Huntsman joins forces with Bangladesh textile mill
Dyes and chemicals business Huntsman Textile Effects has joined forces with Bangladesh textile maker Queen Textile Mills to help it adopt new technologies and processes for long-term environmental and economic sustainability.
Under a Memorandum of Understanding (MoU), Huntsman will help Queen South Textile Mills streamline its operations and optimise its processes by implementing a Productivity Improvement Program (PIP) at its textile mill in Dhaka, while providing technical support and staff training.
Experts from Huntsman will carry out a full operational audit at the facility and recommend ways for the mill to improve productivity and profitability.
Huntsman claims its PIP is capable of reducing water consumption by as much as 50% and energy consumption by 30%, while increasing output by 30%. The programme has also improved right-first-time performance by 95%.
The company says the strategic cooperation will help Queen South Textile Mills maintain its leading edge through innovation, while continuing to comply with the stringent requirements of its global export customers.
Established in 2004, Queen South Textile Mills produces dyed yarn for brands such as H&M, Next, and C&A, with a capacity of more than 50 tonnes per day.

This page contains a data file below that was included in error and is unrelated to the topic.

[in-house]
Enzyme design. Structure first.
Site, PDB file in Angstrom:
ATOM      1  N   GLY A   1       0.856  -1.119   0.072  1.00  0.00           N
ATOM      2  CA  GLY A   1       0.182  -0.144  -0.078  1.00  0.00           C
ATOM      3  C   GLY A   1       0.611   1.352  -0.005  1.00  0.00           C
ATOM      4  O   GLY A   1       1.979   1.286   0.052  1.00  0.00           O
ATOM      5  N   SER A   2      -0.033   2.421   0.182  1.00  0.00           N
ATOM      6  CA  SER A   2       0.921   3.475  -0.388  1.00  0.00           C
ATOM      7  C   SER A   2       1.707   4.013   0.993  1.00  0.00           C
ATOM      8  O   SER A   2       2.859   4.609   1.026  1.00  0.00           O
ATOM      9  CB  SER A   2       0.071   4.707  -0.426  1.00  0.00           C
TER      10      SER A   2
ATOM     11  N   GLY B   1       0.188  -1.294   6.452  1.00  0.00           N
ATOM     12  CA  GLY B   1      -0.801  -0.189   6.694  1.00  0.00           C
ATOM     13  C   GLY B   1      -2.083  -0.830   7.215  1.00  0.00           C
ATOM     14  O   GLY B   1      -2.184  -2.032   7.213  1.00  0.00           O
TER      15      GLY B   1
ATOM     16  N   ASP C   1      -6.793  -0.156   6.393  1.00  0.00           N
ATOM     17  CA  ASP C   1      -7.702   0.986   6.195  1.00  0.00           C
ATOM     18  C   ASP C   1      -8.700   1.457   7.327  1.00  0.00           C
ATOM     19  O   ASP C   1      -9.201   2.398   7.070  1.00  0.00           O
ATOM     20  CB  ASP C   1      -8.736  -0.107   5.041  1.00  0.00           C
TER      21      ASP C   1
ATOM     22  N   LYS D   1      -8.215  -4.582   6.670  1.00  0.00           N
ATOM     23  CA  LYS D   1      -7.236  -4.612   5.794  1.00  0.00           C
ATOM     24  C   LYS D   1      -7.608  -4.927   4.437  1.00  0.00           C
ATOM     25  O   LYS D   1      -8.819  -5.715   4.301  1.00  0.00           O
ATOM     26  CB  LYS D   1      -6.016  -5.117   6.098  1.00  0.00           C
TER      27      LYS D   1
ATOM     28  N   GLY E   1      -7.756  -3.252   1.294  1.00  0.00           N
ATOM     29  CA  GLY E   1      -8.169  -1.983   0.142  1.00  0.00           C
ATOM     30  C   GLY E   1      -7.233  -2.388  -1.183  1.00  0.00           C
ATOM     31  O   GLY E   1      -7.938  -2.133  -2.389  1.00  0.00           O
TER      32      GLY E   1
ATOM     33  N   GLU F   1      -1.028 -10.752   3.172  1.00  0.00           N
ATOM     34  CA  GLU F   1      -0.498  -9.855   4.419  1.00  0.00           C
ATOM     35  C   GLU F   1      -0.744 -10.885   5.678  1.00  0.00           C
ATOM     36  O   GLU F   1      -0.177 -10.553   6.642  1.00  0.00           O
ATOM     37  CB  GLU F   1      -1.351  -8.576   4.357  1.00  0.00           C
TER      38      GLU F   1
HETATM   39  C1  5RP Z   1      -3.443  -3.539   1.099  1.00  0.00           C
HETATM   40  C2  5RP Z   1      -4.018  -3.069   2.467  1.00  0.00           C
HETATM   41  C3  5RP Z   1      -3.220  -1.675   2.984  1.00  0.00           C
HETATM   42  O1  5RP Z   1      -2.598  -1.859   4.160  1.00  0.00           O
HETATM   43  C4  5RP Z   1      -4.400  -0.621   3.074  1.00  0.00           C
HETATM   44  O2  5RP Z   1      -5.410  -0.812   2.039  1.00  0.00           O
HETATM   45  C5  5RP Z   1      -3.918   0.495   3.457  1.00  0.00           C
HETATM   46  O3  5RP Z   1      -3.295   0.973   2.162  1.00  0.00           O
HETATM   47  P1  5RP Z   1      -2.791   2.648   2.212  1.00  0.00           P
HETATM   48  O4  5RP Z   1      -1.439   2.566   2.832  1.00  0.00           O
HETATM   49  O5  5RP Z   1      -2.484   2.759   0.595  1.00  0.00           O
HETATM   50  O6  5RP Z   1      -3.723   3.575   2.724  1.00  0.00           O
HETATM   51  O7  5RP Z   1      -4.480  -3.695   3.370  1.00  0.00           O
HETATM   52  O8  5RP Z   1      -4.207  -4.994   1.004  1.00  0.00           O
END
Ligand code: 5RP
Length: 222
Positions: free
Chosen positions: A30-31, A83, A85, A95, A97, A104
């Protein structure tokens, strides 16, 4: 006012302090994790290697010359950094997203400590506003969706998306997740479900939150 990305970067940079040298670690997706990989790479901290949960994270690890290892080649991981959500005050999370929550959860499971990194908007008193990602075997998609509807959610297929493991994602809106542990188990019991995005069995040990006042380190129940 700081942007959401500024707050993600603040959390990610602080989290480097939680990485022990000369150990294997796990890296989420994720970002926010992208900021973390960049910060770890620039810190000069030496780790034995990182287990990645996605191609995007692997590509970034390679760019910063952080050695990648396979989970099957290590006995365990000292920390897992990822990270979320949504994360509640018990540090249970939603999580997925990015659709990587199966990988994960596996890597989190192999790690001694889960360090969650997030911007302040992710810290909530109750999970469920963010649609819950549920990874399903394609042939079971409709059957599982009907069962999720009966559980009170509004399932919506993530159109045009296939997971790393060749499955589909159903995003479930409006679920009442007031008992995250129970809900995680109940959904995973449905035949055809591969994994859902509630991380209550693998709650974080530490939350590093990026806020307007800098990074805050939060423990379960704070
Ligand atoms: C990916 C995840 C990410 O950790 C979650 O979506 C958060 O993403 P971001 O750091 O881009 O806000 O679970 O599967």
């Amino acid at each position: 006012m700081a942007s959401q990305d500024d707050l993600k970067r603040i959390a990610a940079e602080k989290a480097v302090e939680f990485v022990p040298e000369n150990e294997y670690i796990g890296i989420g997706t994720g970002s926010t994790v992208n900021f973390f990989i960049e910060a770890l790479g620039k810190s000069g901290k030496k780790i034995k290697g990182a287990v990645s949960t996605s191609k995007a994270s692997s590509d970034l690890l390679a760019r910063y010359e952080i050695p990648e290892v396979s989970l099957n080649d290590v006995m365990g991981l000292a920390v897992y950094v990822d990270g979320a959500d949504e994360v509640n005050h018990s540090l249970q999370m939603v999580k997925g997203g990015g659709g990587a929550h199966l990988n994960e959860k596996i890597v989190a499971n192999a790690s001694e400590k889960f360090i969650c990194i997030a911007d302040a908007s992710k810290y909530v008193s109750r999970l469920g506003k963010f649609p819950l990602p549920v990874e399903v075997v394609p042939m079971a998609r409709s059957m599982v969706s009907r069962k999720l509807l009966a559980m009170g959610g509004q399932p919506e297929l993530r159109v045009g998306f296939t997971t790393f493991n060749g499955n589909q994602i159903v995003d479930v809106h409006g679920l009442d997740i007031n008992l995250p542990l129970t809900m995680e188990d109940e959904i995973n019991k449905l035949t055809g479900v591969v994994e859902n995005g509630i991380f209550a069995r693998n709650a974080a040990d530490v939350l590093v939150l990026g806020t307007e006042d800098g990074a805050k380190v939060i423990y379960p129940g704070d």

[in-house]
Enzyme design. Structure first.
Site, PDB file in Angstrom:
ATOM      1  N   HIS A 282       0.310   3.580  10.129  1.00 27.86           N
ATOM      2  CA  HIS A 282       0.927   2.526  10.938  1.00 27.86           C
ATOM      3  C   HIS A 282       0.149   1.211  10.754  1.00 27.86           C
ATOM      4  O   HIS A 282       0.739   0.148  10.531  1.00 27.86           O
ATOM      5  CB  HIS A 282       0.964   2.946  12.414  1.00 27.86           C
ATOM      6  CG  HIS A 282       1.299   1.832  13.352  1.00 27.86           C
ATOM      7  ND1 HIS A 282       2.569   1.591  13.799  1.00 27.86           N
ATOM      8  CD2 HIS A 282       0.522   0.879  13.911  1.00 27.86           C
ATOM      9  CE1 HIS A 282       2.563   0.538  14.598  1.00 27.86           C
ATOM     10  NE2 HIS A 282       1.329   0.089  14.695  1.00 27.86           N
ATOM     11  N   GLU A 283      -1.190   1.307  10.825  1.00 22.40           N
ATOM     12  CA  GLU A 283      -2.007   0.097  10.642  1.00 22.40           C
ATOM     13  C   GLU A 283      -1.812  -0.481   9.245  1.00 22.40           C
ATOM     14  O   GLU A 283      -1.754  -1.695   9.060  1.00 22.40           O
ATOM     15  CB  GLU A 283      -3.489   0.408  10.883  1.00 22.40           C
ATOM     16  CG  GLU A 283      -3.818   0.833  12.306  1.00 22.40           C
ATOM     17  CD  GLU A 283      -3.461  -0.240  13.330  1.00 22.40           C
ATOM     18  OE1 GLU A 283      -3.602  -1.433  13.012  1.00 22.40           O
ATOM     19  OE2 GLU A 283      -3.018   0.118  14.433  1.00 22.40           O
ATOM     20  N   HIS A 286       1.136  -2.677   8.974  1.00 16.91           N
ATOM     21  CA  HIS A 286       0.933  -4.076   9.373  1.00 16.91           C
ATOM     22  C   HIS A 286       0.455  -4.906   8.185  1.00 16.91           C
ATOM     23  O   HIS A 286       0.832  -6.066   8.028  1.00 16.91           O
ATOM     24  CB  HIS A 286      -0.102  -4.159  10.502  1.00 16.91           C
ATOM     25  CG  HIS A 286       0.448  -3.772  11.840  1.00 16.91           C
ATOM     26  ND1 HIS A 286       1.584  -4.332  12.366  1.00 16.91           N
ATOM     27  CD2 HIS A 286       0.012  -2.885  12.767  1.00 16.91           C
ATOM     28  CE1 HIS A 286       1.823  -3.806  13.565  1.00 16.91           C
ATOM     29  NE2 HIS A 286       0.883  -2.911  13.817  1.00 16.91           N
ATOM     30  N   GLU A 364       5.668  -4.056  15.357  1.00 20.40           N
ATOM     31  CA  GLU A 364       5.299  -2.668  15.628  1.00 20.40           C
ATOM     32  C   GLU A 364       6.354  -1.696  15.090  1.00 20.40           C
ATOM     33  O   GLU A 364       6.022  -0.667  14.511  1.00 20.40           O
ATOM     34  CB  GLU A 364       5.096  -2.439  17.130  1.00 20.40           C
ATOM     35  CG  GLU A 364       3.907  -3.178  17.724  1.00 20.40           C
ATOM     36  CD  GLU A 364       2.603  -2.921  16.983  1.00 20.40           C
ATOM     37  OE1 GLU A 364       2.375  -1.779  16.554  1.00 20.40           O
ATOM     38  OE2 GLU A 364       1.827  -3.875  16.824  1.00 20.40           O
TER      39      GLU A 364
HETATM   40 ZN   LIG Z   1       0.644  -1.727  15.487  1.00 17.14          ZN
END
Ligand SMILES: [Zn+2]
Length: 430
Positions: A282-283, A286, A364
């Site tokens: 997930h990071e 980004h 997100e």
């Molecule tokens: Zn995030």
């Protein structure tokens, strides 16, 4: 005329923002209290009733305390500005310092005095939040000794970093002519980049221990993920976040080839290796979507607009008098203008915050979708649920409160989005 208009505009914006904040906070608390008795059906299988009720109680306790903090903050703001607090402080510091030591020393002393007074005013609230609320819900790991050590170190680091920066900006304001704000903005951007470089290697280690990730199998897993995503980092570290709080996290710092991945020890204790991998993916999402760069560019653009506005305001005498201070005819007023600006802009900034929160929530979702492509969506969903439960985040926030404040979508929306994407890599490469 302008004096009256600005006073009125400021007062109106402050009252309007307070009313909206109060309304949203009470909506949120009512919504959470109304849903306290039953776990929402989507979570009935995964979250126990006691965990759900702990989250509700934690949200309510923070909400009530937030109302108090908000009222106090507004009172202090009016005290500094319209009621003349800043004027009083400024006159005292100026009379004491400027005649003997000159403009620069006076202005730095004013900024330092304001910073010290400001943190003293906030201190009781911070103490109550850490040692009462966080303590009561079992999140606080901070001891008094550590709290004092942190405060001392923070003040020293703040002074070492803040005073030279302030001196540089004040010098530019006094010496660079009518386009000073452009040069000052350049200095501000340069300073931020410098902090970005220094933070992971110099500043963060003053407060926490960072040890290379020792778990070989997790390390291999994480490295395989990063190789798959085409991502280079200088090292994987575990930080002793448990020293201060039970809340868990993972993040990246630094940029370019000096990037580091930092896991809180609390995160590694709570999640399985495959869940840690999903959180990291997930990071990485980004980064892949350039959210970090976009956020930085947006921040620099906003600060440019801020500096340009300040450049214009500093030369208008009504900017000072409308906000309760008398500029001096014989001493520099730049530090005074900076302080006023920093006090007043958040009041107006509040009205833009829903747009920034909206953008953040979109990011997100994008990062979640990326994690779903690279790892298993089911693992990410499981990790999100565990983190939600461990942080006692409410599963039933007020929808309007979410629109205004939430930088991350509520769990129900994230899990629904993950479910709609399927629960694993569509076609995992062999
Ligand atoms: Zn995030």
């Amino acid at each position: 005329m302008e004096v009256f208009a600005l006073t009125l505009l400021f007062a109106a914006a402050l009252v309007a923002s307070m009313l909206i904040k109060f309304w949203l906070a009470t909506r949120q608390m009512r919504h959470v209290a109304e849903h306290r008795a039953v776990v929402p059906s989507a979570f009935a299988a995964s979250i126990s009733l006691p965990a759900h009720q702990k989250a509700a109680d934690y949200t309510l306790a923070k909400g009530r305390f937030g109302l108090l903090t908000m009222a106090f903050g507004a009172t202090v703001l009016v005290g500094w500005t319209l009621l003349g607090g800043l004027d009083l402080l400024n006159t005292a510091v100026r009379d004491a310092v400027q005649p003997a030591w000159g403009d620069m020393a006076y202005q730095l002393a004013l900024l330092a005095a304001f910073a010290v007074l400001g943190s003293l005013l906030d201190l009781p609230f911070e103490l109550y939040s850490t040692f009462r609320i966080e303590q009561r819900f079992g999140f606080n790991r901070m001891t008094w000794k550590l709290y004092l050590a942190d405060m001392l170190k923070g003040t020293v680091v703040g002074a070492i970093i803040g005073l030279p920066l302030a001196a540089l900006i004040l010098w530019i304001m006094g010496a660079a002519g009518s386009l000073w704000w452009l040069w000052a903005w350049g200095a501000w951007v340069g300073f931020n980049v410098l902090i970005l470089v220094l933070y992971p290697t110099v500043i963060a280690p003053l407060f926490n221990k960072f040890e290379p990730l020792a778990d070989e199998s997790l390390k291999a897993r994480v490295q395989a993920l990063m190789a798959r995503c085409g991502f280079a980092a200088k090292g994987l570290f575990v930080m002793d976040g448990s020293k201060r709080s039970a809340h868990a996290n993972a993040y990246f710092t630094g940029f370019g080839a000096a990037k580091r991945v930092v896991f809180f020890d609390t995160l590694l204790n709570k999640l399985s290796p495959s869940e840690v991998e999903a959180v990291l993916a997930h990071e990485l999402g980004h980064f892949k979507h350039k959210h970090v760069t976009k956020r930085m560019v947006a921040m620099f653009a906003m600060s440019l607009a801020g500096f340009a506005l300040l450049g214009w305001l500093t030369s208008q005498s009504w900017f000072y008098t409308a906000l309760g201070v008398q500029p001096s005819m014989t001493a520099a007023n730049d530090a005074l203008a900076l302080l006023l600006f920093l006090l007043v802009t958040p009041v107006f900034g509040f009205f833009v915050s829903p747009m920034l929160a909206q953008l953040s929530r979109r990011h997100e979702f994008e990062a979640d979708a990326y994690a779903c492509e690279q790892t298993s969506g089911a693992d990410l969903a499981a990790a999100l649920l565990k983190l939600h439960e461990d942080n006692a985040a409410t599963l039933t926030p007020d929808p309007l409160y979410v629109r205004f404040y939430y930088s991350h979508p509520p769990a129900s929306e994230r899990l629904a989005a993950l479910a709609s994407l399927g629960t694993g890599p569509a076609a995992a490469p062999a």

"Bangladesh is an important market for us and we are pleased to collaborate with leading and like-minded companies here, such as Queen South Textile Mills, as they equip themselves to better support brands & retailers in building a more environmentally sustainable textile supply chain," said Chuck Hirsch, vice president of sales and technical resources at Huntsman.
Queen South Textile Mills CEO Jamie Wong added: "Our cooperation with Huntsman Textile Effects recognises the value of the innovative technologies it can offer and is part of our strategy to achieve long-term sustainability for our business."
As Bangladesh’s largest export sector, the ready-made garment sector was worth US$24.5bn in 2013-2014, when more than 4,200 garment factories employed around 4m people and accounted for 81% of the country’s total export.
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